- any small, nipplelike process or projection.
- one of certain small protuberances concerned with the senses of touch, taste, and smell: the papillae of the tongue.
- a small vascular process at the root of a hair.
- a papule or pimple.
Origin of papilla
Examples from the Web for papillae
Historical Examples of papillae
The papillae on the neck are not found in any American species.
In the third, it bristled with tiny spots similar to the papillae on a cat's tongue.The Life of the Fly
J. Henri Fabre
The epidermis now becomes raised as in a blister, and finally becomes detached, forming an excoriation and exposing the papillae.
Ambulacral appendages take the form of: circumoral tentacles, sucking-feet, papillae; of these alone is always present.
Papillae present only laterally H. boulengeri Papillae present laterally and ventrallyH.
- the small projection of tissue at the base of a hair, tooth, or feather
- any other similar protuberance
- any minute blunt hair or process occurring in plants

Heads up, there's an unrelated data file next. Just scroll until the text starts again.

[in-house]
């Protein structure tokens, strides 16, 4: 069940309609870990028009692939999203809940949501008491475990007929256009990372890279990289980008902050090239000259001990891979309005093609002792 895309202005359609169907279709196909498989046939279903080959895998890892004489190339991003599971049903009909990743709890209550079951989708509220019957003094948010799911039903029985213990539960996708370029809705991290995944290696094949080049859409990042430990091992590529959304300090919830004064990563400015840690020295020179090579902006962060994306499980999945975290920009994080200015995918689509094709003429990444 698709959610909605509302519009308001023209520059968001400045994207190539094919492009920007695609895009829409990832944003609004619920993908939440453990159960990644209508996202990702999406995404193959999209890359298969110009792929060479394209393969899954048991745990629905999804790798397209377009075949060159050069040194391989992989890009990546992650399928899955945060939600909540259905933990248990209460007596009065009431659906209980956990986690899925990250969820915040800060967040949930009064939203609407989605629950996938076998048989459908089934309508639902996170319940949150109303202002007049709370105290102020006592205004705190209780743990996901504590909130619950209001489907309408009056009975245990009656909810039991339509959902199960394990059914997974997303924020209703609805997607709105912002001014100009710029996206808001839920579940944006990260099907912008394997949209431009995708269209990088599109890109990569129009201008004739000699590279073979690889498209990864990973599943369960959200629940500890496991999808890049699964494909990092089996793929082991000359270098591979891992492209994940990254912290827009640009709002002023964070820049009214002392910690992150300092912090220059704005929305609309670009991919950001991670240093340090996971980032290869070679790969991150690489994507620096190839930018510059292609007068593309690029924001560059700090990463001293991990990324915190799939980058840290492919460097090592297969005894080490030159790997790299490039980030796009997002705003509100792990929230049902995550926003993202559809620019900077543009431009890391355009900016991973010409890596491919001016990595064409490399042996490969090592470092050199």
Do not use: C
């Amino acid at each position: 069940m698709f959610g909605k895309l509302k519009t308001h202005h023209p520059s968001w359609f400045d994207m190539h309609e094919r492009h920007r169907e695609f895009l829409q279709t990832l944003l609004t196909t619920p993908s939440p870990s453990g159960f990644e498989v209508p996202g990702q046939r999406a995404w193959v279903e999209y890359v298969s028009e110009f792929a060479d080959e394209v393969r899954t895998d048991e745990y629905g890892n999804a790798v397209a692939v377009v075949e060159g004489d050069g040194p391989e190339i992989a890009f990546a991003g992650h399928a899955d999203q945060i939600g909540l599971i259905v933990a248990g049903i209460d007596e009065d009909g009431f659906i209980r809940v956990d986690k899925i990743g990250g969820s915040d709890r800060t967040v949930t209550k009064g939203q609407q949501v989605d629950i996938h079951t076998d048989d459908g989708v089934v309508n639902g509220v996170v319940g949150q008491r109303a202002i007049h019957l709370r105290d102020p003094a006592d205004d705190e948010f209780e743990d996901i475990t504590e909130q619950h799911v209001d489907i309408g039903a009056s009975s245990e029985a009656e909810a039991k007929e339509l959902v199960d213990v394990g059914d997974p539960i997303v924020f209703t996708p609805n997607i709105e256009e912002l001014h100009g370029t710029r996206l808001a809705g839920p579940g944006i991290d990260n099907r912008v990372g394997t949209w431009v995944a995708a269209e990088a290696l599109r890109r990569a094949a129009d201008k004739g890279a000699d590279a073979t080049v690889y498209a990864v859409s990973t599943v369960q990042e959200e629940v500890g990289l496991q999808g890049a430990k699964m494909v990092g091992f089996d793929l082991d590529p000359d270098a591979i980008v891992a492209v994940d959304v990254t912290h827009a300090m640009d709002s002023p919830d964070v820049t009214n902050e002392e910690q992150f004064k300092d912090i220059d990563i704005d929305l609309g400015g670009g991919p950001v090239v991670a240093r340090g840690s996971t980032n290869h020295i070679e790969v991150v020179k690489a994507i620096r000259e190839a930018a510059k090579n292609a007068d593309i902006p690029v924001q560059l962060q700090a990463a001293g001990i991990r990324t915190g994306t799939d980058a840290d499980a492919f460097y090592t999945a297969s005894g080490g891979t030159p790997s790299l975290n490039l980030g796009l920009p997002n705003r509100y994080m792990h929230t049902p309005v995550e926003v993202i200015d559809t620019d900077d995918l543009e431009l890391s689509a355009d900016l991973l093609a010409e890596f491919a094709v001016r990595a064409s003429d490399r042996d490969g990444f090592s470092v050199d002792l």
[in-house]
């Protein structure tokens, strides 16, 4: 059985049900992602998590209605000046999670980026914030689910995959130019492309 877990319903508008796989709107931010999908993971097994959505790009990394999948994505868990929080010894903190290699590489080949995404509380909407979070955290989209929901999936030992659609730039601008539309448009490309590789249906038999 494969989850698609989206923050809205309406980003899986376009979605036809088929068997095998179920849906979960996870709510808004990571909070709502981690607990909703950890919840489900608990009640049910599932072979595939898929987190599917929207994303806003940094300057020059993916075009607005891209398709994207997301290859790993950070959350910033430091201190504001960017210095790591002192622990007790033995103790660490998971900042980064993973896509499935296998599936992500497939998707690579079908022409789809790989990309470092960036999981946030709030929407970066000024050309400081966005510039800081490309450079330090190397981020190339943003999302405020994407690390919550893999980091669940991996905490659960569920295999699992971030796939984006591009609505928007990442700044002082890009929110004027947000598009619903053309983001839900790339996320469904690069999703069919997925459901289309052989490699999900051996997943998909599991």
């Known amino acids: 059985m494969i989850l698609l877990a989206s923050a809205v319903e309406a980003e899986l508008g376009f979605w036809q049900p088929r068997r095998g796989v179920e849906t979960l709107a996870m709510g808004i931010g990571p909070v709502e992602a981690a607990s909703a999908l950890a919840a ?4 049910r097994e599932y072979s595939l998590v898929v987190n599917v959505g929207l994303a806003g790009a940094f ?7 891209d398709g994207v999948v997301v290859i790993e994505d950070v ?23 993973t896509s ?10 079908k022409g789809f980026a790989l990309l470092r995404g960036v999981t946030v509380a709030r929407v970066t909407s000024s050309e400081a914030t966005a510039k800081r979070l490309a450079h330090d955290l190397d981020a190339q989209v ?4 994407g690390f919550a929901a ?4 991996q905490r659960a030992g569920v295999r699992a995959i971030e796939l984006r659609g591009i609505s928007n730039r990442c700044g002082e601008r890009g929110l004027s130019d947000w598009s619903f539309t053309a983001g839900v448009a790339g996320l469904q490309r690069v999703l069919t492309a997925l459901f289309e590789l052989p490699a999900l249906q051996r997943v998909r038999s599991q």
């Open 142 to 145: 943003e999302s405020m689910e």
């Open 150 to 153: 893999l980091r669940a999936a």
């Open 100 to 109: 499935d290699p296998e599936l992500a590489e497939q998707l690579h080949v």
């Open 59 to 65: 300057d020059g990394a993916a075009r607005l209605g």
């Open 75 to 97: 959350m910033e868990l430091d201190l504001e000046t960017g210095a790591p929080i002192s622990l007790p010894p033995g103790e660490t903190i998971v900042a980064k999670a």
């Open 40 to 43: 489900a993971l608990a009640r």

Word Origin for papilla
Word Origin and History for papillae
plural papillae, 1690s, "nipple," from Latin papilla "nipple," diminutive of papula "swelling" (see pap (n.2)). Meaning "nipple-like protuberance" attested from 1713.
- A small nipplelike projection, such as a protuberance on the skin, at the root of a hair or feather, or at the base of a developing tooth.
- One of the small, round or cone-shaped protuberances on the top of the tongue that contain taste buds.
- A pimple or pustule.
- A small part projecting from the surface of an organism. In mammals, the nipples of the mammary glands and the taste buds of the tongue are papillae. Papillae are often seen on the undersurfaces of mosses and ferns.